Intelligent hubs

The second trend to watch in the user experience space is intelligent hubs. An experience strategy to cope with the abundance of data that a platform with multiple services, features, and functionality carries with it, the intelligent hub is a highly dynamic and personalized entry point into a platform’s services. It’s the typical starting point of someone’s workday. As that day progresses, it should contain all the most important information to them, dependent on who they are, their permissions, and the capabilities they have access to from across the broad range of products and services on offer. Intelligent hubs highlight the most meaningful changes for users to act upon within their specific business contexts and roles, with root causes, metrics, and actionable insights for easy consumption. Essentially, the intelligent hub ensures the most important picture is built for them, with all its moving parts, rather than relying on themselves having to create a picture by accessing several areas. Bringing value by offering a more streamlined and connected experience surfaces the things that matter most, improves engagement and efficiency, and increases visibility into business data.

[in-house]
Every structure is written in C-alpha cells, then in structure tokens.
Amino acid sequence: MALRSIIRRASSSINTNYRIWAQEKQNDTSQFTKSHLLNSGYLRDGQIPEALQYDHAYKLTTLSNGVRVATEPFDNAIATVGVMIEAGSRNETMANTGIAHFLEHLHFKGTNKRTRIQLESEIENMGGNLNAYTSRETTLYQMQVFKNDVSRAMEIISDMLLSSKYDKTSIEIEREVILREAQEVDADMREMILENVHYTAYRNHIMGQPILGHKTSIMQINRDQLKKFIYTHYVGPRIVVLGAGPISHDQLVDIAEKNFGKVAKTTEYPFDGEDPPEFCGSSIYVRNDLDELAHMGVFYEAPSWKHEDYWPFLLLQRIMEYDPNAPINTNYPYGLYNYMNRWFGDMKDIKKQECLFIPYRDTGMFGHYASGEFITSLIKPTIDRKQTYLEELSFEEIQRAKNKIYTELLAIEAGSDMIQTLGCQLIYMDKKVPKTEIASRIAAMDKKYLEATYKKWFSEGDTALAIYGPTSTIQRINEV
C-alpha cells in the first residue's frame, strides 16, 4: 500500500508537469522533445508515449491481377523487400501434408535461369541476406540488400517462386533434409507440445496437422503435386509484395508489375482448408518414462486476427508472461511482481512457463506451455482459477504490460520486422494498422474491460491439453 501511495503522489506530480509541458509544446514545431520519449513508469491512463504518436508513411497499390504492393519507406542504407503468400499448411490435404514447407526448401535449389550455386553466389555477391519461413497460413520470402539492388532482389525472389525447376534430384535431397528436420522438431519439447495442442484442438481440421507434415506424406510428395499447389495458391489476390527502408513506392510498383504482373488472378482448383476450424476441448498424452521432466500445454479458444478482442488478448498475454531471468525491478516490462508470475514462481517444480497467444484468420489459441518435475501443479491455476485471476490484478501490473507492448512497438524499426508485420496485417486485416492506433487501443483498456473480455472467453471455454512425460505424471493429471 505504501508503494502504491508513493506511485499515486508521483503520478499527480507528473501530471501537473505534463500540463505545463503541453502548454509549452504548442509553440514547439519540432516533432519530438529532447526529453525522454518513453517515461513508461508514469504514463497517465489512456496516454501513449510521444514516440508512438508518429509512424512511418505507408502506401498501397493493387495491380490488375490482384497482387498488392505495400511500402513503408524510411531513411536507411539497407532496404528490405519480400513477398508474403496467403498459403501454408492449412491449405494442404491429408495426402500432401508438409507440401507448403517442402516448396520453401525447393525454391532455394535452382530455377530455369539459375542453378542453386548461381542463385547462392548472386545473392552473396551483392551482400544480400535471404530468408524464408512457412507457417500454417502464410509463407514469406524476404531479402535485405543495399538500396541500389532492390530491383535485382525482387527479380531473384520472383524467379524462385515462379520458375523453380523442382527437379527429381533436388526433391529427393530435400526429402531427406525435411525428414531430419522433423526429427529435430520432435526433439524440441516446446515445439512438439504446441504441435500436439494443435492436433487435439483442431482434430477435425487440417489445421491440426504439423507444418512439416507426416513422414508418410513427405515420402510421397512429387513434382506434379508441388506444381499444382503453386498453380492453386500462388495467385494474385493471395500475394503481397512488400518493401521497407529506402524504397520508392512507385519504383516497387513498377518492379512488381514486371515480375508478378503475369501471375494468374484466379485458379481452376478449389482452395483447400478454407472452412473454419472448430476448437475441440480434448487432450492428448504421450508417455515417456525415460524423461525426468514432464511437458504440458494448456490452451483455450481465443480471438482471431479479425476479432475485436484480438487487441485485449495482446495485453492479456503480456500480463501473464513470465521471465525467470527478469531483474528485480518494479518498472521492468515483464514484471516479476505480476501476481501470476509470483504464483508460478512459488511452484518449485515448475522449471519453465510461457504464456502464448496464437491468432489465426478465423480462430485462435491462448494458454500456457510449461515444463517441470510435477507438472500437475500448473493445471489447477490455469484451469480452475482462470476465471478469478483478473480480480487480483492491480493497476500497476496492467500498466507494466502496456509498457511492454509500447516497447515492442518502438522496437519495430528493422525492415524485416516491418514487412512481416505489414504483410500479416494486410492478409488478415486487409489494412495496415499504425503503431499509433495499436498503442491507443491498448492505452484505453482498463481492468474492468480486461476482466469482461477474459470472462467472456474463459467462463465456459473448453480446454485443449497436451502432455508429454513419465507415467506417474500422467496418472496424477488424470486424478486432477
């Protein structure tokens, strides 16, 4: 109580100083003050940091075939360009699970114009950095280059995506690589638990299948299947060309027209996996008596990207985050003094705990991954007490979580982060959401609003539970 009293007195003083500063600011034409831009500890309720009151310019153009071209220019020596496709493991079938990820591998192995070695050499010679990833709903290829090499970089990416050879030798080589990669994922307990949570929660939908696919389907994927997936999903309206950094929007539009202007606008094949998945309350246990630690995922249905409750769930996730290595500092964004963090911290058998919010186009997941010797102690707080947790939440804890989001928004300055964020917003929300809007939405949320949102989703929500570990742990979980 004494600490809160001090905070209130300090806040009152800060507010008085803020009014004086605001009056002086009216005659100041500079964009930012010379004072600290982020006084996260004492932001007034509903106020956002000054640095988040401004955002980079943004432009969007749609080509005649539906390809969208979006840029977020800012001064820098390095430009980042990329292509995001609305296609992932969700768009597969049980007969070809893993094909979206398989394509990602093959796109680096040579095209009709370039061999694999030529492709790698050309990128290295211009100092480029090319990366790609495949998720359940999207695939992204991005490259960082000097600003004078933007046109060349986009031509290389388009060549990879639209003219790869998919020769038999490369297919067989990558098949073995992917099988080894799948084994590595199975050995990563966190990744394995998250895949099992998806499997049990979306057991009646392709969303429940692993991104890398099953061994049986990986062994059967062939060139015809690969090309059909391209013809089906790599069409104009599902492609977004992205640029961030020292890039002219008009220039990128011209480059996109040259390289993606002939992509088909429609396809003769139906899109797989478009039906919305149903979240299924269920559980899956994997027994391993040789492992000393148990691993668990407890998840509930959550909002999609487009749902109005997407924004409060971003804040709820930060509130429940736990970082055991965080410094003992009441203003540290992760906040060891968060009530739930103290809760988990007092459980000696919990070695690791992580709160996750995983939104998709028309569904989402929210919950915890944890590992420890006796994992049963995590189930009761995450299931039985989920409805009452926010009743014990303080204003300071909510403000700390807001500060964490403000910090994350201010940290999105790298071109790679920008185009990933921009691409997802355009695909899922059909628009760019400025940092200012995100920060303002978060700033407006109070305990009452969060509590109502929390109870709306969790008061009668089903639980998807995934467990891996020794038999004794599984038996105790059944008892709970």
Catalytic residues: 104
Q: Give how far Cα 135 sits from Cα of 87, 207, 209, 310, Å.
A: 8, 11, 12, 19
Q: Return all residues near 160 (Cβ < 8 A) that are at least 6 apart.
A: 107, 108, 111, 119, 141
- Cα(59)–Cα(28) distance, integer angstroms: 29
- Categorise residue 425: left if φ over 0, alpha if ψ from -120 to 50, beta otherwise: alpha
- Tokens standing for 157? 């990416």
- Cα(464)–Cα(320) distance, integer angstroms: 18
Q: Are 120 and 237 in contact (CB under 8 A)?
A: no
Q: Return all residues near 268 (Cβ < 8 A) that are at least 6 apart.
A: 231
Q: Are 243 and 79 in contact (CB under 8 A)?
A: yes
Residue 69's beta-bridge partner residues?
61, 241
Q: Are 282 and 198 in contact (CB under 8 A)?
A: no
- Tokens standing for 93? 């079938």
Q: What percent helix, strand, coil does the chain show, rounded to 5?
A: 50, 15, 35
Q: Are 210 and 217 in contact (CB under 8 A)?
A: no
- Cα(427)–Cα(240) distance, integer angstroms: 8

These super apps and intelligent hubs intersect in what I call “smart working.” Whether made possible through interoperability or integration, customers’ expectations about how work gets done these days has changed. They no longer want siloed tools but linked experiences that facilitate connected conversation and real-time data sharing between people and teams in their day-to-day work. As a result, there is a push to make traditional desktop apps emulate the user experience on smartphones, where apps are aware of one another and share information with ease, making the user experience more productive and stickier.

Whether facilitating more powerful layouts, displaying unified conversations, or data visualizations flowing from one app to another, singular apps must be connected to others to make the journey work. Connecting applications with common business tools such as MS Teams for instance, can boost productivity and help to simplify user journeys, whether that is for developing software, gathering customer feedback, or taking payments. Ultimately, more complex workflows can be streamlined, automated, and optimized for efficiency.

Creating relevant and immediate data experiences that build trust through engagement and use is certainly advantageous in the fast-changing business environments of today, where quick and accurate decisions are needed. However, having great data and knowing what it means are two very different things. Users often complain that traditional dashboards make them feel helpless and incompetent because they cannot derive meaning from them. How systems present information significantly impacts how one interprets, understands and acts upon it—all essential points to consider as 2023 kicks off.

Related topics

Customer Experience UX

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Kellie White

Kellie White is the head of UX design at Bottomline with more than over 20 years of delivering engaging digital experiences in a number of roles both creative and technical.